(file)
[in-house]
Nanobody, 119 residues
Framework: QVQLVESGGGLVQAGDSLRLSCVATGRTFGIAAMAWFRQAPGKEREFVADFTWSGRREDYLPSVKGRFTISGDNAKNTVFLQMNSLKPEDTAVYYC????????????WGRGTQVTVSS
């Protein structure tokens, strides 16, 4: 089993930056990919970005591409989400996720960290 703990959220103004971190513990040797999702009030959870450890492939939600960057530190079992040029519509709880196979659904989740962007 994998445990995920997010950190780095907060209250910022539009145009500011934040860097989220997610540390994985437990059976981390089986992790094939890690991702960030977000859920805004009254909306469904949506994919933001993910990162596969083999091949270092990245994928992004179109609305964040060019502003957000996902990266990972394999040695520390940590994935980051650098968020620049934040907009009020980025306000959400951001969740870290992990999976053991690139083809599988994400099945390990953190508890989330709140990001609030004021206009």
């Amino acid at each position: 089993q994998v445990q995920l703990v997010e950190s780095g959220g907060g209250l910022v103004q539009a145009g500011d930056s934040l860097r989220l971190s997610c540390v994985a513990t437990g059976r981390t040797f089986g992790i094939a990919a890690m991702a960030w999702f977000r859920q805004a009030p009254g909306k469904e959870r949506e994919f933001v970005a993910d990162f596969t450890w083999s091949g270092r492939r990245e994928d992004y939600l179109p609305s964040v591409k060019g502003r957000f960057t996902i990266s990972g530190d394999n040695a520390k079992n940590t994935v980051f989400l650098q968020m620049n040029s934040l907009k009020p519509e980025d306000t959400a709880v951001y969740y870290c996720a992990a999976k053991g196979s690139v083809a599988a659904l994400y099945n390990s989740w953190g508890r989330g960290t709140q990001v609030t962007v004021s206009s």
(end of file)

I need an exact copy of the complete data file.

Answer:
[in-house]
Nanobody, 119 residues
Framework: QVQLVESGGGLVQAGDSLRLSCVATGRTFGIAAMAWFRQAPGKEREFVADFTWSGRREDYLPSVKGRFTISGDNAKNTVFLQMNSLKPEDTAVYYC????????????WGRGTQVTVSS
């Protein structure tokens, strides 16, 4: 089993930056990919970005591409989400996720960290 703990959220103004971190513990040797999702009030959870450890492939939600960057530190079992040029519509709880196979659904989740962007 994998445990995920997010950190780095907060209250910022539009145009500011934040860097989220997610540390994985437990059976981390089986992790094939890690991702960030977000859920805004009254909306469904949506994919933001993910990162596969083999091949270092990245994928992004179109609305964040060019502003957000996902990266990972394999040695520390940590994935980051650098968020620049934040907009009020980025306000959400951001969740870290992990999976053991690139083809599988994400099945390990953190508890989330709140990001609030004021206009």
């Amino acid at each position: 089993q994998v445990q995920l703990v997010e950190s780095g959220g907060g209250l910022v103004q539009a145009g500011d930056s934040l860097r989220l971190s997610c540390v994985a513990t437990g059976r981390t040797f089986g992790i094939a990919a890690m991702a960030w999702f977000r859920q805004a009030p009254g909306k469904e959870r949506e994919f933001v970005a993910d990162f596969t450890w083999s091949g270092r492939r990245e994928d992004y939600l179109p609305s964040v591409k060019g502003r957000f960057t996902i990266s990972g530190d394999n040695a520390k079992n940590t994935v980051f989400l650098q968020m620049n040029s934040l907009k009020p519509e980025d306000t959400a709880v951001y969740y870290c996720a992990a999976k053991g196979s690139v083809a599988a659904l994400y099945n390990s989740w953190g508890r989330g960290t709140q990001v609030t962007v004021s206009s």